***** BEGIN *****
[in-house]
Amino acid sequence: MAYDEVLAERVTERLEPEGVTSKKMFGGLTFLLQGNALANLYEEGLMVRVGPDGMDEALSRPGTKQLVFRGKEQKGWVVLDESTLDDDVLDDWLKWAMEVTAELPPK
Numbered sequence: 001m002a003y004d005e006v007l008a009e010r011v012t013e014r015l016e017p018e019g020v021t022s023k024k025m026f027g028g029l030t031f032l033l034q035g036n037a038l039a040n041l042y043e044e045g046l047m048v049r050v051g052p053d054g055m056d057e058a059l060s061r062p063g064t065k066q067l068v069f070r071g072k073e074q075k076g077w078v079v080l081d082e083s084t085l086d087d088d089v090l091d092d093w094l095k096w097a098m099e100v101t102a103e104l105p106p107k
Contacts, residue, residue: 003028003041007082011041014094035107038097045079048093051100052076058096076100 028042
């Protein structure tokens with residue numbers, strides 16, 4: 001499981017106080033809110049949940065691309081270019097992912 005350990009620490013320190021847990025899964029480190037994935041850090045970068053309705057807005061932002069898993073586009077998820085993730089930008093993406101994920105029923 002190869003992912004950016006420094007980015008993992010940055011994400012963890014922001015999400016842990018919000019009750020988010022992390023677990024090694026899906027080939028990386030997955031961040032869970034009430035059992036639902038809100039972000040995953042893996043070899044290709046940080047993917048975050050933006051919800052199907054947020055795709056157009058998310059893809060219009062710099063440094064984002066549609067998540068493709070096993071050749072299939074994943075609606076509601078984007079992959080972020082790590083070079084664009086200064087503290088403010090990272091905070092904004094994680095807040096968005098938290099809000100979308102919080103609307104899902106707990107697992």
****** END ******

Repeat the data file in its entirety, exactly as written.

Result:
[in-house]
Amino acid sequence: MAYDEVLAERVTERLEPEGVTSKKMFGGLTFLLQGNALANLYEEGLMVRVGPDGMDEALSRPGTKQLVFRGKEQKGWVVLDESTLDDDVLDDWLKWAMEVTAELPPK
Numbered sequence: 001m002a003y004d005e006v007l008a009e010r011v012t013e014r015l016e017p018e019g020v021t022s023k024k025m026f027g028g029l030t031f032l033l034q035g036n037a038l039a040n041l042y043e044e045g046l047m048v049r050v051g052p053d054g055m056d057e058a059l060s061r062p063g064t065k066q067l068v069f070r071g072k073e074q075k076g077w078v079v080l081d082e083s084t085l086d087d088d089v090l091d092d093w094l095k096w097a098m099e100v101t102a103e104l105p106p107k
Contacts, residue, residue: 003028003041007082011041014094035107038097045079048093051100052076058096076100 028042
């Protein structure tokens with residue numbers, strides 16, 4: 001499981017106080033809110049949940065691309081270019097992912 005350990009620490013320190021847990025899964029480190037994935041850090045970068053309705057807005061932002069898993073586009077998820085993730089930008093993406101994920105029923 002190869003992912004950016006420094007980015008993992010940055011994400012963890014922001015999400016842990018919000019009750020988010022992390023677990024090694026899906027080939028990386030997955031961040032869970034009430035059992036639902038809100039972000040995953042893996043070899044290709046940080047993917048975050050933006051919800052199907054947020055795709056157009058998310059893809060219009062710099063440094064984002066549609067998540068493709070096993071050749072299939074994943075609606076509601078984007079992959080972020082790590083070079084664009086200064087503290088403010090990272091905070092904004094994680095807040096968005098938290099809000100979308102919080103609307104899902106707990107697992």